The Cookies Are Too Damn Large

We love cookies of all shapes and sizes, but an afternoon treat shouldn't drag your whole day down.

A terrified young boy dashes frantically down the middle of the street. A woman shrieks and faints. The town loudmouth pauses mid-sprint, cups his hands, and screams to warn confused passersby. "Run for your lives!" he bellows. "That's the biggest goddamn cookie I've ever seen!"

This is how I imagine the flagship opening of Crumbl Cookies, a fast-growing chain that peddles chocolate chip cookies the size of my face. Spreading alongside Crumbl is Levain Bakery, a buzzy landmark bakery slated to open a new location near The Takeout's Chicago headquarters. These cookie outposts have one thing in common: they sell gigantic cookies. Cookies that I, a woman with unstable blood sugar, simply cannot abide. Simply put, the cookies are too damn large.

What’s wrong with a giant cookie?

Listen: there's nothing wrong with a giant cookie. Cookies, as a concept, are wonderful, and both Levain and Crumbl make truly bitchin' cookies. Real quick, Google "Levain cookies" and look at those gorgeous gooey centers. They're beautiful! They're art! Same goes for Crumbl, where you can get a classic pink sugar cookie that'll make you see God.


The problem is that both Levain and Crumbl make cookies roughly the size of a wagon wheel. These cookies aren't just shocking in terms of circumference; they're also incredibly thick. Thicker than seems scientifically advisable. Thus, a single one of these cookies will leave you keeled over, heading straight into a midday slumber.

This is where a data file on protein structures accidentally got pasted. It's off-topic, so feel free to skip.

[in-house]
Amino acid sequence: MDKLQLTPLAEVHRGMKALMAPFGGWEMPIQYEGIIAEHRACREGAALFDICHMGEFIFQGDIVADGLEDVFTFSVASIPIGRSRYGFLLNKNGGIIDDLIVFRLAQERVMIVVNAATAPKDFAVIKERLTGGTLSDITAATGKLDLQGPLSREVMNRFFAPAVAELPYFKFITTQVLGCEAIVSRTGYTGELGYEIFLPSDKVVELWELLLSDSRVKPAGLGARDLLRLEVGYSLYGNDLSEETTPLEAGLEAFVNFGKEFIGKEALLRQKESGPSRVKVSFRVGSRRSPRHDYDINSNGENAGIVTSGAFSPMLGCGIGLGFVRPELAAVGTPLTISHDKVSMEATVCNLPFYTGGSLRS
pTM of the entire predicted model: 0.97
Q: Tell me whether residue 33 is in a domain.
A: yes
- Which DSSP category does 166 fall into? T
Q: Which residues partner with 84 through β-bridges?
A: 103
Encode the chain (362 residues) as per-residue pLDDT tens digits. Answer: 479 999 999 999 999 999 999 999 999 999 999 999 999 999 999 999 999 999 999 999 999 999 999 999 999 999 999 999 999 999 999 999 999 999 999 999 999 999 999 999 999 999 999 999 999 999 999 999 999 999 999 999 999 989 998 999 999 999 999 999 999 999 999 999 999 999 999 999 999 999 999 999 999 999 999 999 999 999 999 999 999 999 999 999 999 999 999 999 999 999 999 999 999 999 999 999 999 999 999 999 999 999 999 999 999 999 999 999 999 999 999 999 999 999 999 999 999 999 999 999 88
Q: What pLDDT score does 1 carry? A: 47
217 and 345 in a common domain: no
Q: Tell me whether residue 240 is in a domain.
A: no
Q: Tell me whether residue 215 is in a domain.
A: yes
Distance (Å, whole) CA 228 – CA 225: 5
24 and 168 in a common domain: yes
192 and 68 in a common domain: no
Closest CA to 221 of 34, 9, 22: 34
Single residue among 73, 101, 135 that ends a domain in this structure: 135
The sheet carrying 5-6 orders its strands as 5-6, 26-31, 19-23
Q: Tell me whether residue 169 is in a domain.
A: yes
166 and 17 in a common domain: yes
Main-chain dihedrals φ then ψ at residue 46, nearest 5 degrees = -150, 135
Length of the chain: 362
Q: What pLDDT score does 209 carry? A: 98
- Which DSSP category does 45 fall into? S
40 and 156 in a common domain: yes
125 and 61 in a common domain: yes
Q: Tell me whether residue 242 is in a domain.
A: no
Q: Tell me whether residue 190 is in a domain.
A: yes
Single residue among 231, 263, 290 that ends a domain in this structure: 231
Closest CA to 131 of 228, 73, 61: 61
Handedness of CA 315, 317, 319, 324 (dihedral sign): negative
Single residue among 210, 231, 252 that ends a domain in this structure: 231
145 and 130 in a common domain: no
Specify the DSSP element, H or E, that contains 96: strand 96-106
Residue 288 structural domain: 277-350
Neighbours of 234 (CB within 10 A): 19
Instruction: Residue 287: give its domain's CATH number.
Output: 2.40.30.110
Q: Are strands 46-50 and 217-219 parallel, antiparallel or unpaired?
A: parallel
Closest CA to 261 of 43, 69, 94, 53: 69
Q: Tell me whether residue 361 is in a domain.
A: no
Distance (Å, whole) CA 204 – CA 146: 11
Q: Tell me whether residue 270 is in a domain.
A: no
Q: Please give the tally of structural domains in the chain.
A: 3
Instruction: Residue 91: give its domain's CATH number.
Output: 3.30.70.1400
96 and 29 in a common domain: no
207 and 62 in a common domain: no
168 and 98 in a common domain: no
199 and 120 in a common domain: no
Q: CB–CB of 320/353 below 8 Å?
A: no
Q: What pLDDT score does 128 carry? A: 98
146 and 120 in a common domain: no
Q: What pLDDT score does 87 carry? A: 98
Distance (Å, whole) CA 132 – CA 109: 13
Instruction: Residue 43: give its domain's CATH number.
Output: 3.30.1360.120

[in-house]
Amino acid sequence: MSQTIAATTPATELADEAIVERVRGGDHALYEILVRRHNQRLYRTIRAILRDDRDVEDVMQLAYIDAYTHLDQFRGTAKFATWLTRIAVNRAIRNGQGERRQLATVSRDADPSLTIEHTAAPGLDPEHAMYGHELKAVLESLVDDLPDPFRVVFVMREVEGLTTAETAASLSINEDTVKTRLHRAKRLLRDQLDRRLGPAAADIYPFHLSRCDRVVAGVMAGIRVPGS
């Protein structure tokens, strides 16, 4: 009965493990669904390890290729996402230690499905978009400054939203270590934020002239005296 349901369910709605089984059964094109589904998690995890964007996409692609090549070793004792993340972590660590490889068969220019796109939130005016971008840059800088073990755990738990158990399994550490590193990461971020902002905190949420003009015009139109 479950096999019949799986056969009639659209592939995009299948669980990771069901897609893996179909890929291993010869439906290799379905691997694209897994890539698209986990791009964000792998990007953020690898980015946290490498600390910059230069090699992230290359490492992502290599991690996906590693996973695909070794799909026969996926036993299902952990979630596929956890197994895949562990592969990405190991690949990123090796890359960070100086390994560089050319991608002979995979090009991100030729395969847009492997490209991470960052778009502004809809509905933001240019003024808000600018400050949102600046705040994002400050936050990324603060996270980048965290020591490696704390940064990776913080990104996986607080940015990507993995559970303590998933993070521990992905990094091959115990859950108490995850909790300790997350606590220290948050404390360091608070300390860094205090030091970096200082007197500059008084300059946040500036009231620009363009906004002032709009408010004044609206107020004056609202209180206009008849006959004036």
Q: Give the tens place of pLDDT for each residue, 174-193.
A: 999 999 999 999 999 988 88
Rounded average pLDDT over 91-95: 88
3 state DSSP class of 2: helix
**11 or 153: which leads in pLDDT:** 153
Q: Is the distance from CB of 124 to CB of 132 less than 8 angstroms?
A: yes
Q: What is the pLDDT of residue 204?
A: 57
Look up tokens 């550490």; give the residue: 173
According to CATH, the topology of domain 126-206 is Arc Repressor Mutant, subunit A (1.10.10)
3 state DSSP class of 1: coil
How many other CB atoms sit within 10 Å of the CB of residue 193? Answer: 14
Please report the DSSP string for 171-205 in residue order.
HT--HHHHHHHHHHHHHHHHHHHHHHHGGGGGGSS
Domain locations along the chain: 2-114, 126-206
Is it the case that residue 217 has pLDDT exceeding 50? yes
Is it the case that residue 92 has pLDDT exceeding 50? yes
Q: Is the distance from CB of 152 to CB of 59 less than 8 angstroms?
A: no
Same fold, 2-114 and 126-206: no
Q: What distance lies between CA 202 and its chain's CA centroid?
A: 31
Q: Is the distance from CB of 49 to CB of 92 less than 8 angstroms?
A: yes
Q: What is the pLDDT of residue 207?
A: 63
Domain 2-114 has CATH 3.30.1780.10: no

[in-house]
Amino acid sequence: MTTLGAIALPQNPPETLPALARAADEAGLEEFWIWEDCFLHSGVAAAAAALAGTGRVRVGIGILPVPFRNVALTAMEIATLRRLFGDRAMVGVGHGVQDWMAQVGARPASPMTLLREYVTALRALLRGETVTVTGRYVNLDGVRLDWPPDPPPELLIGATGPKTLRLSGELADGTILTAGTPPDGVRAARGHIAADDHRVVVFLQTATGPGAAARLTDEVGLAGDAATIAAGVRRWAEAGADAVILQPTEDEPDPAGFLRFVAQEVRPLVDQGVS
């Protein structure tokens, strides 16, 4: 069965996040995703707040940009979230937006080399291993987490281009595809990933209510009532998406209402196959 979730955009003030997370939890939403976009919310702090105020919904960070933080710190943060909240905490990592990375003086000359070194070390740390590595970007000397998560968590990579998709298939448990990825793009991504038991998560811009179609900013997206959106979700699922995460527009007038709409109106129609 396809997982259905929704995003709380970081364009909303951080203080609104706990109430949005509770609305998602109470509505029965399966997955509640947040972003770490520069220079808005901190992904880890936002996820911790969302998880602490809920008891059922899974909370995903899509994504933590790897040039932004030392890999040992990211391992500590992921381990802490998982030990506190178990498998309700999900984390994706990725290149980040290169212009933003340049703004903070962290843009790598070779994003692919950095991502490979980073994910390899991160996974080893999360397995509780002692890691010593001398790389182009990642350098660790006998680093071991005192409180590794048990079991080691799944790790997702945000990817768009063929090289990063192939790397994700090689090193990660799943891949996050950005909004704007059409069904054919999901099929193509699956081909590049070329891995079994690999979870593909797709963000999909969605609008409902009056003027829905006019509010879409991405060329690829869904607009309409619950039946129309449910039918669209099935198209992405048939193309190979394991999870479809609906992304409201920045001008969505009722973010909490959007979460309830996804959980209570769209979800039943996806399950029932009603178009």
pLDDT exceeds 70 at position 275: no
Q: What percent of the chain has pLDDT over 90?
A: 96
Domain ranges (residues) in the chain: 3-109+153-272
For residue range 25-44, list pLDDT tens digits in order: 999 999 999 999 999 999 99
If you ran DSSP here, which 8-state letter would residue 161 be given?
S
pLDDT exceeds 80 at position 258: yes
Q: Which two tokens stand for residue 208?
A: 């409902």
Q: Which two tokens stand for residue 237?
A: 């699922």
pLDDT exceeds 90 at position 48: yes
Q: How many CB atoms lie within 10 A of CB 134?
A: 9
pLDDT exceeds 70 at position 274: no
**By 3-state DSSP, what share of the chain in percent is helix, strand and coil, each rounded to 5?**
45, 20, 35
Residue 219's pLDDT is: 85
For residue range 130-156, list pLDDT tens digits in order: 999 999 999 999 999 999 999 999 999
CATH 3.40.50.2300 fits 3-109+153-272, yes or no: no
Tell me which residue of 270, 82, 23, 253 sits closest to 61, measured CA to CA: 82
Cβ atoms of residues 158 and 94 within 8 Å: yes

That's not necessarily a bad thing if you've prepared for cookie catatonia. Say you've set aside a Friday night. The work week is over, and there's zero chance that any of your friends will call on you for a nightcap. This is the ideal scenario for a Levain or Crumbl (or any other big-ass cookie) adventure. Turn on the new horny Ben Affleck movie—it's bad—and tuck in. You'll be asleep by the second act.


But when I think of cookies, I think of snacking. I think of a spontaneous little treat. If I duck into a bakery at 2 p.m. on a Tuesday, I want something that'll awaken my taste buds and leave me smiling breezily. If I cut my losses and go with a giant cookie, I'll have to take a nap in my office's unoccupied podcast recording studio. And that will be a major blow to my professional dignity.

The only good use case for one of these cookies? Sharing. Eating half of a Crumbl or Levain cookie strikes the perfect balance. I suppose that's a strong case for the brands—they bring people together. Unfortunately, you'll have to grapple with the anxiety-inducing Cookie Division Protocol, an attempt to ensure that each party gets the exact same amount of cookie with roughly equivalent chocolate chips or other mix-ins in each half. I've seen relationships shattered over far less.

And before you tell me that you could simply break your own cookie in half and save the rest for tomorrow, let me say this: freshness is key with these things. A soft, fresh cookie the size of a frisbee is a delicious, albeit gargantuan, indulgence. A stale one tastes, well, more like an actual frisbee.

With this, I'd like to call for an end to the ever-expanding cookie universe. What's next? Single-serve deep dish 10" skillet cookies? You think my blood sugar's unstable now? Hit me with a skillet cookie and watch me accidentally kill a guy.